If the market moves in your favor and hits your take-profit order, your profit would be 15% of $10,000, which is $1,500. Deducting your initial capital of $1,000, you’ve made a net profit of $500 – a 50% return on your capital!

However, if the market moves against you and hits your stop-loss order, your loss would be 5% of $10,000, which is $500. This is a 50% loss on your capital, demonstrating the double-edged nature of leverage.

In the upcoming section, we’ll look at how leveraged trading impacts the broader crypto market. We’ll explore its effects on price action, demand and supply, and volatility.

The impact of leverage on the crypto market

Price action

Leveraged trading can have a significant impact on the price action of cryptocurrencies. When leveraged traders place large buy orders, they can drive up the price, leading to bullish price action. Conversely, large sell orders from leveraged traders can trigger bearish price action.

This price action can be further amplified by “liquidation events.” In a leveraged trade, if the market moves against a trader such that they can no longer meet their margin requirements, their position is automatically closed or “liquidated.” This can lead to a cascade of liquidations if prices reach certain levels, leading to sharp price movements.

For instance, let’s say a large number of traders have used high leverage to bet that bitcoin’s price will rise. If the price starts falling, some traders will hit their liquidation price, the point at which they can no longer cover their margin. 

These liquidations then add more selling pressure, which could lead to further price falls and more liquidations – a domino effect known as a long squeeze.” The reverse can happen if many traders bet on falling prices and the price rises, leading to a ‘short squeeze.’


Leverage can also increase market volatility. High leverage levels can lead to larger price swings, as traders with leveraged positions may react more dramatically to market news or events.

For instance, let’s say there’s news of regulatory changes that might impact the crypto market. Traders with leveraged positions, aware of the potential losses they could face if the market moves against them, might quickly close their positions, leading to a surge in trading activity and increased volatility.


Leveraged trading can impact market liquidity. Liquidity refers to the ease with which an asset can be bought or sold in the market without affecting its price. When traders use leverage to open larger positions, they increase the demand for the cryptocurrency, potentially improving liquidity. 

However, in smaller, less liquid markets, large leveraged positions could move the market price, creating what’s known as “slippage,” where traders can’t get the price they want for their trades.

Market sentiment

Lastly, the level of leverage in the market can influence market sentiment. High levels of leverage can be seen as a sign of confidence, suggesting that many traders expect prices to rise. However, it could also be interpreted as a sign of overconfidence or speculation, which might signal an overheated market.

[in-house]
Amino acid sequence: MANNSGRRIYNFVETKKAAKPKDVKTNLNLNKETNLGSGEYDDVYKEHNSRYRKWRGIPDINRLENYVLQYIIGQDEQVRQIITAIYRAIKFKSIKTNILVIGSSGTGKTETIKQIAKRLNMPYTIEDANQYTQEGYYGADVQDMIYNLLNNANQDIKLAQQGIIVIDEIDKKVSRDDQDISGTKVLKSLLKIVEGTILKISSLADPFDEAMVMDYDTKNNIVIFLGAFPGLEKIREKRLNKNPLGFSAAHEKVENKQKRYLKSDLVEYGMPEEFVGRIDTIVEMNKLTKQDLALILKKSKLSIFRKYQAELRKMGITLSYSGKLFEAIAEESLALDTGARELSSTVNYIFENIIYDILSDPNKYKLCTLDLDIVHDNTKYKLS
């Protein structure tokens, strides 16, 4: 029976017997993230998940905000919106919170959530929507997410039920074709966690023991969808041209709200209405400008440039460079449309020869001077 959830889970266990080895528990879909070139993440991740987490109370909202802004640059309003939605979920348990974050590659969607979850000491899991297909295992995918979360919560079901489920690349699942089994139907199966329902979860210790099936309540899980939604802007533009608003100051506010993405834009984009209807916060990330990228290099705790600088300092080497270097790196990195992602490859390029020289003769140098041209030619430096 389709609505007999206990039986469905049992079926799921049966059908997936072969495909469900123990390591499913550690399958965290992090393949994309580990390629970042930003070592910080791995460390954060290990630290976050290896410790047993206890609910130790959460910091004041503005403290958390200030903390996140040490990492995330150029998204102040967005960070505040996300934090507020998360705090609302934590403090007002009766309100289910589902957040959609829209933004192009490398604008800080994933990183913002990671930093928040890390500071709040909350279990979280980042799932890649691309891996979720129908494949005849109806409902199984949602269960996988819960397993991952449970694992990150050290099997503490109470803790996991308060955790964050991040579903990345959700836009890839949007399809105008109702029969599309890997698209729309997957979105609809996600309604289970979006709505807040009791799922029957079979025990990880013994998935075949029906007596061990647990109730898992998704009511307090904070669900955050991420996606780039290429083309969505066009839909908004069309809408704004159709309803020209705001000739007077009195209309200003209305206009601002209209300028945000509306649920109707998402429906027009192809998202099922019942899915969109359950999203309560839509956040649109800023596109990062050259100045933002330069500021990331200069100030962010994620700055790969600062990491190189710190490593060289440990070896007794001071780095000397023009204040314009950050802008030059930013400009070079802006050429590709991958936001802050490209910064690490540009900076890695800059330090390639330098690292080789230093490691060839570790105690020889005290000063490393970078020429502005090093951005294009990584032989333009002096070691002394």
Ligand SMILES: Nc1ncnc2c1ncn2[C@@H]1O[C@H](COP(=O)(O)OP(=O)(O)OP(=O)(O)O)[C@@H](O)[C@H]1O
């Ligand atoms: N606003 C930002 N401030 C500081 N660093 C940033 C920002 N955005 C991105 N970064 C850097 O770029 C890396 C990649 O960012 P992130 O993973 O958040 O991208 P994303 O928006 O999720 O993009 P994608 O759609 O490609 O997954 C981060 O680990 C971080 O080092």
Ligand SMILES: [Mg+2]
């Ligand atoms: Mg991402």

Conversely, low levels of leverage might indicate caution or bearish sentiment among traders but could also be seen as a positive sign, suggesting a more sustainable, less speculative market.

Moving to the final part, we’ll review some leading platforms offering leveraged trading in the crypto market.

Best platforms for leveraged crypto trading

Choosing the best platform for leveraged trading can make all the difference in your crypto trading experience. Here is a comparison of some of the top platforms in the crypto leverage trading landscape.

Platform Jurisdiction Leverage options Fee structure
Bybit Global (excluding the US and some others, exact countries not specified) Up to 10x 0.1% in the spot market
Binance Global (excluding the US for margin trading) Up to 125x for derivatives trading 0.1%, option to pay with BNB for a 25% discount
Kraken Global (including the US, except for a few states) Up to 5x Variable can be referred to on their website
KuCoin Global (exact countries not specified) Up to 100x  Changes frequently, can be referred to on their website
BitMEX Global (excluding the US) Up to 100x  Taker fee: 0.075%, Maker fee: 0.02%

As a trader, it’s important to consider factors beyond just the raw numbers. These include the platform’s user interface, customer service, security measures, and more. Always do your due diligence before deciding on the platform that’s right for you.

And that wraps up our exploration of leveraged trading in the crypto world. We’ve looked at what leverage is, how it works, the strategies involved, the risks, its impact on the market, and the platforms that enable it. 

We hope this gives you a solid foundation and sparks further exploration in your crypto journey. As always, remember that while the crypto market offers significant opportunities, it also comes with its fair share of risks. Trade wisely, and happy investing!

Disclosure: This article does not represent investment advice. The content and materials featured on this page are for educational purposes only.